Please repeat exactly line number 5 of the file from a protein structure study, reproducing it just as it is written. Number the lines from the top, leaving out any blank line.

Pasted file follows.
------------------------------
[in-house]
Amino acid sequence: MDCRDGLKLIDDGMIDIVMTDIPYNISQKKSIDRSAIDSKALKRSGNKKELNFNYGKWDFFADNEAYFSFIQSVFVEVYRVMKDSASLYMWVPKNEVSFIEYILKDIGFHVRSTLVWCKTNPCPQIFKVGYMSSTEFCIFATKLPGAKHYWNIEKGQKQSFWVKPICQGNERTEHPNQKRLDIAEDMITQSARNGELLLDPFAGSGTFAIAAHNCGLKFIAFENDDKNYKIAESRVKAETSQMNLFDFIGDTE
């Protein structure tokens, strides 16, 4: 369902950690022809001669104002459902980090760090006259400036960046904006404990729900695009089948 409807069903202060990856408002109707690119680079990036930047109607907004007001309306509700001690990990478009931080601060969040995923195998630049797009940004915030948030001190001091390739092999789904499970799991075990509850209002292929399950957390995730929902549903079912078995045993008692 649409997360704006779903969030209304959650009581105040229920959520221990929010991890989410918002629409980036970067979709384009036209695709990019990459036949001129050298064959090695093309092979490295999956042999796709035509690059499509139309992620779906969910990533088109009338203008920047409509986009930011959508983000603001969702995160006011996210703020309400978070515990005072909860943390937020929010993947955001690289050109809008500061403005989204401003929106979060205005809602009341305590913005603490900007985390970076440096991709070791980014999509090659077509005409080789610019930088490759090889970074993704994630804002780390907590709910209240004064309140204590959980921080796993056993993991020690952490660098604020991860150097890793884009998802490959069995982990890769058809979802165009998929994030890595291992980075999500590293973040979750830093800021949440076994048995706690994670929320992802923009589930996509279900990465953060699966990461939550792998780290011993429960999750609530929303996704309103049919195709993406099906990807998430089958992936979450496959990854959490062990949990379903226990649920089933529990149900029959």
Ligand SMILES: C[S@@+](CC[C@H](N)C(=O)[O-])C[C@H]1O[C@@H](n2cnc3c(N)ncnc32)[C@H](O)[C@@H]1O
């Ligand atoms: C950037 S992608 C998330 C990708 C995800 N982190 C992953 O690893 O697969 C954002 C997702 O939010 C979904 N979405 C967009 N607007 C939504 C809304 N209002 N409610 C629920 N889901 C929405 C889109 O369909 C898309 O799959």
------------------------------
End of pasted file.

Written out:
């Ligand atoms: C950037 S992608 C998330 C990708 C995800 N982190 C992953 O690893 O697969 C954002 C997702 O939010 C979904 N979405 C967009 N607007 C939504 C809304 N209002 N409610 C629920 N889901 C929405 C889109 O369909 C898309 O799959």